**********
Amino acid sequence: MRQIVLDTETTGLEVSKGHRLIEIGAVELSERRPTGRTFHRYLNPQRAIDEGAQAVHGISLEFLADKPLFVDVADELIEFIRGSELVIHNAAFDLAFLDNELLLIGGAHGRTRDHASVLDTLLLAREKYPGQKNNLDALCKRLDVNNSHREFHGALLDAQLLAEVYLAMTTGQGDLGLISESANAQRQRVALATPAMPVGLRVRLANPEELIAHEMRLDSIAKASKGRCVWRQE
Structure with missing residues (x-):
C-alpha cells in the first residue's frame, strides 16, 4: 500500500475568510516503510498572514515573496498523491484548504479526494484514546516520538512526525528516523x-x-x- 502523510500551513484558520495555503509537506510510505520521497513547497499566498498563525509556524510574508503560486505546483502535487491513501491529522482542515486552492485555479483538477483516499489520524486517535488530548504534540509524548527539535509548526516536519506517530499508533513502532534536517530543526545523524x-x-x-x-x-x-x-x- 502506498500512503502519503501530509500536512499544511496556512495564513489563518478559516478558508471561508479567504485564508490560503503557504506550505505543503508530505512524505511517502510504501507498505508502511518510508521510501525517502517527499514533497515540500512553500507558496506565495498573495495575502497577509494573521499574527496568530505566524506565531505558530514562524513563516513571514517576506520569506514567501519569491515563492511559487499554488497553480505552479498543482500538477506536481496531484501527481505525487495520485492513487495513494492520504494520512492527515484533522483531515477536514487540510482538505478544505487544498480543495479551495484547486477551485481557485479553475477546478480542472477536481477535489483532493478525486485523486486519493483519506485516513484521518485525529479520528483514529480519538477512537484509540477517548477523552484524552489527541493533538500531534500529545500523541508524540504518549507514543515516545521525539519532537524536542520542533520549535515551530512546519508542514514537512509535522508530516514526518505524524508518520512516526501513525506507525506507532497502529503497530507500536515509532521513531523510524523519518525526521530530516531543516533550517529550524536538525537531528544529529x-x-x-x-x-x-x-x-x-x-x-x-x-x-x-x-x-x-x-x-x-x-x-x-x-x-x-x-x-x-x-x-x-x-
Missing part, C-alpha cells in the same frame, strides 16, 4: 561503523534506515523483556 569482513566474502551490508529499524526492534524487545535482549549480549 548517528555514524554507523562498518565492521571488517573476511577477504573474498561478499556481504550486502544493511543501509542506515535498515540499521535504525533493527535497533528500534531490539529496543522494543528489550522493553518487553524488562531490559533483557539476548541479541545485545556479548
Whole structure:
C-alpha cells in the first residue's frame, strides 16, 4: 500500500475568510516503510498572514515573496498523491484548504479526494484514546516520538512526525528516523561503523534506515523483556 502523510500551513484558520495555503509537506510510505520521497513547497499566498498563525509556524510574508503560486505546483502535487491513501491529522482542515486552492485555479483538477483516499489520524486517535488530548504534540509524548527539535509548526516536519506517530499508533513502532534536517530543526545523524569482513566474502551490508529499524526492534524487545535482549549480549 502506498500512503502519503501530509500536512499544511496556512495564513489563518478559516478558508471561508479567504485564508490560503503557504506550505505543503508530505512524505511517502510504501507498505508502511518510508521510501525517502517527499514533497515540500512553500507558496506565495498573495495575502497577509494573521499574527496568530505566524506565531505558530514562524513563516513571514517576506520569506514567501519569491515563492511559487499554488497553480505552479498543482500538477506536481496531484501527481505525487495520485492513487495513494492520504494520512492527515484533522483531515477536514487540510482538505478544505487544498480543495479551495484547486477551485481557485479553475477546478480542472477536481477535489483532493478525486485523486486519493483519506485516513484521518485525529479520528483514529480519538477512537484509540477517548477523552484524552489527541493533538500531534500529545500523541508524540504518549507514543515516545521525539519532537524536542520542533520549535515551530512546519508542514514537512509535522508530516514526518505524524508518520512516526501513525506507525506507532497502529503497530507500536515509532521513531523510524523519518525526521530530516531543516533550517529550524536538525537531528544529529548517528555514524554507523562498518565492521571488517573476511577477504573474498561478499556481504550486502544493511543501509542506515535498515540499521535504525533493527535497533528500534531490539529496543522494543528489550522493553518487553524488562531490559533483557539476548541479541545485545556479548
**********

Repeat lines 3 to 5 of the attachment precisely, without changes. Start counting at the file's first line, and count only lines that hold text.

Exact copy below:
C-alpha cells in the first residue's frame, strides 16, 4: 500500500475568510516503510498572514515573496498523491484548504479526494484514546516520538512526525528516523x-x-x- 502523510500551513484558520495555503509537506510510505520521497513547497499566498498563525509556524510574508503560486505546483502535487491513501491529522482542515486552492485555479483538477483516499489520524486517535488530548504534540509524548527539535509548526516536519506517530499508533513502532534536517530543526545523524x-x-x-x-x-x-x-x- 502506498500512503502519503501530509500536512499544511496556512495564513489563518478559516478558508471561508479567504485564508490560503503557504506550505505543503508530505512524505511517502510504501507498505508502511518510508521510501525517502517527499514533497515540500512553500507558496506565495498573495495575502497577509494573521499574527496568530505566524506565531505558530514562524513563516513571514517576506520569506514567501519569491515563492511559487499554488497553480505552479498543482500538477506536481496531484501527481505525487495520485492513487495513494492520504494520512492527515484533522483531515477536514487540510482538505478544505487544498480543495479551495484547486477551485481557485479553475477546478480542472477536481477535489483532493478525486485523486486519493483519506485516513484521518485525529479520528483514529480519538477512537484509540477517548477523552484524552489527541493533538500531534500529545500523541508524540504518549507514543515516545521525539519532537524536542520542533520549535515551530512546519508542514514537512509535522508530516514526518505524524508518520512516526501513525506507525506507532497502529503497530507500536515509532521513531523510524523519518525526521530530516531543516533550517529550524536538525537531528544529529x-x-x-x-x-x-x-x-x-x-x-x-x-x-x-x-x-x-x-x-x-x-x-x-x-x-x-x-x-x-x-x-x-x-
Missing part, C-alpha cells in the same frame, strides 16, 4: 561503523534506515523483556 569482513566474502551490508529499524526492534524487545535482549549480549 548517528555514524554507523562498518565492521571488517573476511577477504573474498561478499556481504550486502544493511543501509542506515535498515540499521535504525533493527535497533528500534531490539529496543522494543528489550522493553518487553524488562531490559533483557539476548541479541545485545556479548
Whole structure: